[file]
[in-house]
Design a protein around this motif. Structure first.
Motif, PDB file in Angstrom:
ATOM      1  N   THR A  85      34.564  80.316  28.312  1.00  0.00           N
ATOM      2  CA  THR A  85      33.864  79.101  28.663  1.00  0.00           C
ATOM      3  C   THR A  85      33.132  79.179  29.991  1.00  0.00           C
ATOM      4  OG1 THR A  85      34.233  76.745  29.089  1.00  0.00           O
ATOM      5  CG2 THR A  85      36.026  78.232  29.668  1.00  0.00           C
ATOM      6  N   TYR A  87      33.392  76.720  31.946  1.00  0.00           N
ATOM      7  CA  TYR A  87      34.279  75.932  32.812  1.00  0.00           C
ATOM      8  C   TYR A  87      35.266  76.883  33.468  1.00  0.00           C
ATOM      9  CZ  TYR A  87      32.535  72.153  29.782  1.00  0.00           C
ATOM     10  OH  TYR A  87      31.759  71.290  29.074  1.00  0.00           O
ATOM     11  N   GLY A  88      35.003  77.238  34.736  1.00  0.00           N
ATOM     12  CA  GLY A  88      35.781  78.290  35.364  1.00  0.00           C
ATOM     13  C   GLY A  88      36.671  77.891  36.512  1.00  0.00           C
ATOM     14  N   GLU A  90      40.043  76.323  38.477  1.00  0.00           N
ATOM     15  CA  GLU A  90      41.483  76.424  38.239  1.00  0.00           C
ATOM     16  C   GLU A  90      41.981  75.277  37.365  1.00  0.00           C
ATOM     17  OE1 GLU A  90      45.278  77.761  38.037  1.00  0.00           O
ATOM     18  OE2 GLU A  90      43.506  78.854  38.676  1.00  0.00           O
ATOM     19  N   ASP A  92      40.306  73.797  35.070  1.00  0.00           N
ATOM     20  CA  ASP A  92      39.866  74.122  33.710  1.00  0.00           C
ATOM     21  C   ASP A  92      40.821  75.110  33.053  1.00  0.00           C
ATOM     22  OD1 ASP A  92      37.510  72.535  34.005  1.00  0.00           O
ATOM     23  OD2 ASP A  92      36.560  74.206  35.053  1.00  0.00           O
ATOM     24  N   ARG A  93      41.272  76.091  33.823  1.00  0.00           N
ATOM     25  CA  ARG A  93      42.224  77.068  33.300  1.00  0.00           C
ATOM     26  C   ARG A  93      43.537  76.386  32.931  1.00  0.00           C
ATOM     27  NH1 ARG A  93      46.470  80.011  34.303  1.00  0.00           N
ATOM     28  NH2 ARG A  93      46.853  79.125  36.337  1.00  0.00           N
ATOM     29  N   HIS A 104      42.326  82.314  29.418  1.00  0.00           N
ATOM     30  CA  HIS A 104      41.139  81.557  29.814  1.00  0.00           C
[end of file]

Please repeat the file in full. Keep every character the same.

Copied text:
[in-house]
Design a protein around this motif. Structure first.
Motif, PDB file in Angstrom:
ATOM      1  N   THR A  85      34.564  80.316  28.312  1.00  0.00           N
ATOM      2  CA  THR A  85      33.864  79.101  28.663  1.00  0.00           C
ATOM      3  C   THR A  85      33.132  79.179  29.991  1.00  0.00           C
ATOM      4  OG1 THR A  85      34.233  76.745  29.089  1.00  0.00           O
ATOM      5  CG2 THR A  85      36.026  78.232  29.668  1.00  0.00           C
ATOM      6  N   TYR A  87      33.392  76.720  31.946  1.00  0.00           N
ATOM      7  CA  TYR A  87      34.279  75.932  32.812  1.00  0.00           C
ATOM      8  C   TYR A  87      35.266  76.883  33.468  1.00  0.00           C
ATOM      9  CZ  TYR A  87      32.535  72.153  29.782  1.00  0.00           C
ATOM     10  OH  TYR A  87      31.759  71.290  29.074  1.00  0.00           O
ATOM     11  N   GLY A  88      35.003  77.238  34.736  1.00  0.00           N
ATOM     12  CA  GLY A  88      35.781  78.290  35.364  1.00  0.00           C
ATOM     13  C   GLY A  88      36.671  77.891  36.512  1.00  0.00           C
ATOM     14  N   GLU A  90      40.043  76.323  38.477  1.00  0.00           N
ATOM     15  CA  GLU A  90      41.483  76.424  38.239  1.00  0.00           C
ATOM     16  C   GLU A  90      41.981  75.277  37.365  1.00  0.00           C
ATOM     17  OE1 GLU A  90      45.278  77.761  38.037  1.00  0.00           O
ATOM     18  OE2 GLU A  90      43.506  78.854  38.676  1.00  0.00           O
ATOM     19  N   ASP A  92      40.306  73.797  35.070  1.00  0.00           N
ATOM     20  CA  ASP A  92      39.866  74.122  33.710  1.00  0.00           C
ATOM     21  C   ASP A  92      40.821  75.110  33.053  1.00  0.00           C
ATOM     22  OD1 ASP A  92      37.510  72.535  34.005  1.00  0.00           O
ATOM     23  OD2 ASP A  92      36.560  74.206  35.053  1.00  0.00           O
ATOM     24  N   ARG A  93      41.272  76.091  33.823  1.00  0.00           N
ATOM     25  CA  ARG A  93      42.224  77.068  33.300  1.00  0.00           C
ATOM     26  C   ARG A  93      43.537  76.386  32.931  1.00  0.00           C
ATOM     27  NH1 ARG A  93      46.470  80.011  34.303  1.00  0.00           N
ATOM     28  NH2 ARG A  93      46.853  79.125  36.337  1.00  0.00           N
ATOM     29  N   HIS A 104      42.326  82.314  29.418  1.00  0.00           N
ATOM     30  CA  HIS A 104      41.139  81.557  29.814  1.00  0.00           C